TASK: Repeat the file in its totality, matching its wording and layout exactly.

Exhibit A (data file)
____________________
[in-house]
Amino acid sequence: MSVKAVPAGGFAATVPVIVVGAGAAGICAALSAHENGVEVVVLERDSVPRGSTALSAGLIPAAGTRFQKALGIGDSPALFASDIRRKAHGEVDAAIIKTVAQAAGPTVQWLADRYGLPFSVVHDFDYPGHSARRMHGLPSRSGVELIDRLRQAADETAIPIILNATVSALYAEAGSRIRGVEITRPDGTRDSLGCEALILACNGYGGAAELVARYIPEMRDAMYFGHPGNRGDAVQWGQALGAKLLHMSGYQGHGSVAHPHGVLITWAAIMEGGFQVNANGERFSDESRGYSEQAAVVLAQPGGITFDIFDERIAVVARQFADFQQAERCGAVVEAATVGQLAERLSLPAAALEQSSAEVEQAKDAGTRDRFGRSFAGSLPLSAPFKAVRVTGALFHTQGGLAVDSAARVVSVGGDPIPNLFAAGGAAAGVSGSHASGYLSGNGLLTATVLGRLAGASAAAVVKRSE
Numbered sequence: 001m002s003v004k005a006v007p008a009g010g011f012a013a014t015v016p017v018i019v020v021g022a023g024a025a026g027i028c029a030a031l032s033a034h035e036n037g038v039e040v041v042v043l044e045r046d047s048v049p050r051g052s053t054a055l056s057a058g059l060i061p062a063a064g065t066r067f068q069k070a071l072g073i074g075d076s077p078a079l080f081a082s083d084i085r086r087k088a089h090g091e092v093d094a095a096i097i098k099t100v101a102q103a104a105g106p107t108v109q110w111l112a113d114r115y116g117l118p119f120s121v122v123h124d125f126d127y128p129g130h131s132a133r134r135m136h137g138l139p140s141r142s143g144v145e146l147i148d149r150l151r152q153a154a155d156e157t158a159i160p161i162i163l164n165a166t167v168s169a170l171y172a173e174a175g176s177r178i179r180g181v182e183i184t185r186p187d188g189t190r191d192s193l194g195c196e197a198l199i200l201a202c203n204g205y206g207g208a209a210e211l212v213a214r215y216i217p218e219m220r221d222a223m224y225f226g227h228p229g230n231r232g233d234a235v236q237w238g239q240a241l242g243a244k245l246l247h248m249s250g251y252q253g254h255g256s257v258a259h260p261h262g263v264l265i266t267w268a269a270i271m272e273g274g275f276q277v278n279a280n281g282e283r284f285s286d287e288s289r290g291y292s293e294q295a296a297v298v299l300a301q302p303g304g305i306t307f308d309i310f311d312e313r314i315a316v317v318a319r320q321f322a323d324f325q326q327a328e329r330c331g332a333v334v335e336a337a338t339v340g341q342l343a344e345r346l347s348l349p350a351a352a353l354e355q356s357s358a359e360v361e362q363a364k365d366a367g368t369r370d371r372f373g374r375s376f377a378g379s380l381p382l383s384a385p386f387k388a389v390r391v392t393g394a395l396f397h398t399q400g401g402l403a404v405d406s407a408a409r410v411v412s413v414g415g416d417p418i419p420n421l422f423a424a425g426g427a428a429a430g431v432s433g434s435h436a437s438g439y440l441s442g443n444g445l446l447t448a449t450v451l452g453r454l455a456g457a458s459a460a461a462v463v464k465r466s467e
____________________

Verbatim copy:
[in-house]
Amino acid sequence: MSVKAVPAGGFAATVPVIVVGAGAAGICAALSAHENGVEVVVLERDSVPRGSTALSAGLIPAAGTRFQKALGIGDSPALFASDIRRKAHGEVDAAIIKTVAQAAGPTVQWLADRYGLPFSVVHDFDYPGHSARRMHGLPSRSGVELIDRLRQAADETAIPIILNATVSALYAEAGSRIRGVEITRPDGTRDSLGCEALILACNGYGGAAELVARYIPEMRDAMYFGHPGNRGDAVQWGQALGAKLLHMSGYQGHGSVAHPHGVLITWAAIMEGGFQVNANGERFSDESRGYSEQAAVVLAQPGGITFDIFDERIAVVARQFADFQQAERCGAVVEAATVGQLAERLSLPAAALEQSSAEVEQAKDAGTRDRFGRSFAGSLPLSAPFKAVRVTGALFHTQGGLAVDSAARVVSVGGDPIPNLFAAGGAAAGVSGSHASGYLSGNGLLTATVLGRLAGASAAAVVKRSE
Numbered sequence: 001m002s003v004k005a006v007p008a009g010g011f012a013a014t015v016p017v018i019v020v021g022a023g024a025a026g027i028c029a030a031l032s033a034h035e036n037g038v039e040v041v042v043l044e045r046d047s048v049p050r051g052s053t054a055l056s057a058g059l060i061p062a063a064g065t066r067f068q069k070a071l072g073i074g075d076s077p078a079l080f081a082s083d084i085r086r087k088a089h090g091e092v093d094a095a096i097i098k099t100v101a102q103a104a105g106p107t108v109q110w111l112a113d114r115y116g117l118p119f120s121v122v123h124d125f126d127y128p129g130h131s132a133r134r135m136h137g138l139p140s141r142s143g144v145e146l147i148d149r150l151r152q153a154a155d156e157t158a159i160p161i162i163l164n165a166t167v168s169a170l171y172a173e174a175g176s177r178i179r180g181v182e183i184t185r186p187d188g189t190r191d192s193l194g195c196e197a198l199i200l201a202c203n204g205y206g207g208a209a210e211l212v213a214r215y216i217p218e219m220r221d222a223m224y225f226g227h228p229g230n231r232g233d234a235v236q237w238g239q240a241l242g243a244k245l246l247h248m249s250g251y252q253g254h255g256s257v258a259h260p261h262g263v264l265i266t267w268a269a270i271m272e273g274g275f276q277v278n279a280n281g282e283r284f285s286d287e288s289r290g291y292s293e294q295a296a297v298v299l300a301q302p303g304g305i306t307f308d309i310f311d312e313r314i315a316v317v318a319r320q321f322a323d324f325q326q327a328e329r330c331g332a333v334v335e336a337a338t339v340g341q342l343a344e345r346l347s348l349p350a351a352a353l354e355q356s357s358a359e360v361e362q363a364k365d366a367g368t369r370d371r372f373g374r375s376f377a378g379s380l381p382l383s384a385p386f387k388a389v390r391v392t393g394a395l396f397h398t399q400g401g402l403a404v405d406s407a408a409r410v411v412s413v414g415g416d417p418i419p420n421l422f423a424a425g426g427a428a429a430g431v432s433g434s435h436a437s438g439y440l441s442g443n444g445l446l447t448a449t450v451l452g453r454l455a456g457a458s459a460a461a462v463v464k465r466s467e